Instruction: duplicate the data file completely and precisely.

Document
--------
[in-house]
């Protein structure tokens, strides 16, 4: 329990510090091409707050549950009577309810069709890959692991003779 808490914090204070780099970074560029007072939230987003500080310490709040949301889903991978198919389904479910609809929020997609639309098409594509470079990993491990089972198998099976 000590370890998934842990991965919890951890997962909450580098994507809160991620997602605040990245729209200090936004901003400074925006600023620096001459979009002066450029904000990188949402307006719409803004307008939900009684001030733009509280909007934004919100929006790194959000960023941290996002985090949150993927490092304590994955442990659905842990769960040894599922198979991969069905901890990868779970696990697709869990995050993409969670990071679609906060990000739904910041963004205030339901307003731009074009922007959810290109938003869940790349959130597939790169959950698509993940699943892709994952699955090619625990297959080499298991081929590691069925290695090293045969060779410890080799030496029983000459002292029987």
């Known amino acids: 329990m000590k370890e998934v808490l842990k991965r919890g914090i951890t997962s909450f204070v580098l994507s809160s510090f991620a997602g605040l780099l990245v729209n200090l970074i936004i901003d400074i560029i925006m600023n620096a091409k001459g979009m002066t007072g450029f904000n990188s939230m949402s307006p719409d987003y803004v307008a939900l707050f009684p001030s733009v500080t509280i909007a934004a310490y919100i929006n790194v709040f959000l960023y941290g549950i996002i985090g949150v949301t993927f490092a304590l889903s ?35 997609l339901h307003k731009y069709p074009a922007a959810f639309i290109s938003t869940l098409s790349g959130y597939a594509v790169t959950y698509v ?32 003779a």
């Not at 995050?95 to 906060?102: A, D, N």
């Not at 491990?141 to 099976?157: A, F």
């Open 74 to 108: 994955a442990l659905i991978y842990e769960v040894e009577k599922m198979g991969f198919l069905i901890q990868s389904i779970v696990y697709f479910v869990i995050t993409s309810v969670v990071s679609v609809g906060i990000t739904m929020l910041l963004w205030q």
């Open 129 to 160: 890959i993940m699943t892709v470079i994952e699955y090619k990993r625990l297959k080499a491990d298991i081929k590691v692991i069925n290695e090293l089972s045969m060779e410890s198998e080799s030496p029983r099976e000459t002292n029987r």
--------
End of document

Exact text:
[in-house]
């Protein structure tokens, strides 16, 4: 329990510090091409707050549950009577309810069709890959692991003779 808490914090204070780099970074560029007072939230987003500080310490709040949301889903991978198919389904479910609809929020997609639309098409594509470079990993491990089972198998099976 000590370890998934842990991965919890951890997962909450580098994507809160991620997602605040990245729209200090936004901003400074925006600023620096001459979009002066450029904000990188949402307006719409803004307008939900009684001030733009509280909007934004919100929006790194959000960023941290996002985090949150993927490092304590994955442990659905842990769960040894599922198979991969069905901890990868779970696990697709869990995050993409969670990071679609906060990000739904910041963004205030339901307003731009074009922007959810290109938003869940790349959130597939790169959950698509993940699943892709994952699955090619625990297959080499298991081929590691069925290695090293045969060779410890080799030496029983000459002292029987």
């Known amino acids: 329990m000590k370890e998934v808490l842990k991965r919890g914090i951890t997962s909450f204070v580098l994507s809160s510090f991620a997602g605040l780099l990245v729209n200090l970074i936004i901003d400074i560029i925006m600023n620096a091409k001459g979009m002066t007072g450029f904000n990188s939230m949402s307006p719409d987003y803004v307008a939900l707050f009684p001030s733009v500080t509280i909007a934004a310490y919100i929006n790194v709040f959000l960023y941290g549950i996002i985090g949150v949301t993927f490092a304590l889903s ?35 997609l339901h307003k731009y069709p074009a922007a959810f639309i290109s938003t869940l098409s790349g959130y597939a594509v790169t959950y698509v ?32 003779a």
């Not at 995050?95 to 906060?102: A, D, N």
């Not at 491990?141 to 099976?157: A, F």
């Open 74 to 108: 994955a442990l659905i991978y842990e769960v040894e009577k599922m198979g991969f198919l069905i901890q990868s389904i779970v696990y697709f479910v869990i995050t993409s309810v969670v990071s679609v609809g906060i990000t739904m929020l910041l963004w205030q």
């Open 129 to 160: 890959i993940m699943t892709v470079i994952e699955y090619k990993r625990l297959k080499a491990d298991i081929k590691v692991i069925n290695e090293l089972s045969m060779e410890s198998e080799s030496p029983r099976e000459t002292n029987r």